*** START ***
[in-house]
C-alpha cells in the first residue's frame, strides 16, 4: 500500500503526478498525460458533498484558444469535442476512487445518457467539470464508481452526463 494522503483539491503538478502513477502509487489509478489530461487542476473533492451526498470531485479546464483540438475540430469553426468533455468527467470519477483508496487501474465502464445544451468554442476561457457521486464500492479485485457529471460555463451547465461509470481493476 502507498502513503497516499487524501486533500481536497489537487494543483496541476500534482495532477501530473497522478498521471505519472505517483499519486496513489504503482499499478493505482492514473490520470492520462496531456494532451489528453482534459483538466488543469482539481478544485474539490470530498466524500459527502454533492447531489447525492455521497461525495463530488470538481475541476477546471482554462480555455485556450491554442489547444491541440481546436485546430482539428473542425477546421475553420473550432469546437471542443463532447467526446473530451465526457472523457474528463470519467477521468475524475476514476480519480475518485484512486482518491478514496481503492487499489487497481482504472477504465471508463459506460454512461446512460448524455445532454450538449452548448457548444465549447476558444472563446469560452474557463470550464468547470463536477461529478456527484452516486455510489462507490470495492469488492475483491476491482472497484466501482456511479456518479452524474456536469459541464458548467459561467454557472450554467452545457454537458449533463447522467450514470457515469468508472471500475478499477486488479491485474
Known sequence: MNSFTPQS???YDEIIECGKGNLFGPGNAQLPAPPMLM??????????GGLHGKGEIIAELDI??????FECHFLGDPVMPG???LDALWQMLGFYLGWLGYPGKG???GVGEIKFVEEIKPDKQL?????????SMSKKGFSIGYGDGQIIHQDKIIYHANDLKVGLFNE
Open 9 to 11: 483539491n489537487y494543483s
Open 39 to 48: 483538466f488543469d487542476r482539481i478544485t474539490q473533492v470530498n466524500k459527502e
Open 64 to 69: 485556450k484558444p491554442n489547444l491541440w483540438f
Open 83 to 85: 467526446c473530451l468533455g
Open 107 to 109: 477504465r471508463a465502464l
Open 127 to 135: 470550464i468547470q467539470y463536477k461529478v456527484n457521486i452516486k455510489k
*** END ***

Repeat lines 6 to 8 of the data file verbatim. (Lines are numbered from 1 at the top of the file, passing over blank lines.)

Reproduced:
Open 64 to 69: 485556450k484558444p491554442n489547444l491541440w483540438f
Open 83 to 85: 467526446c473530451l468533455g
Open 107 to 109: 477504465r471508463a465502464l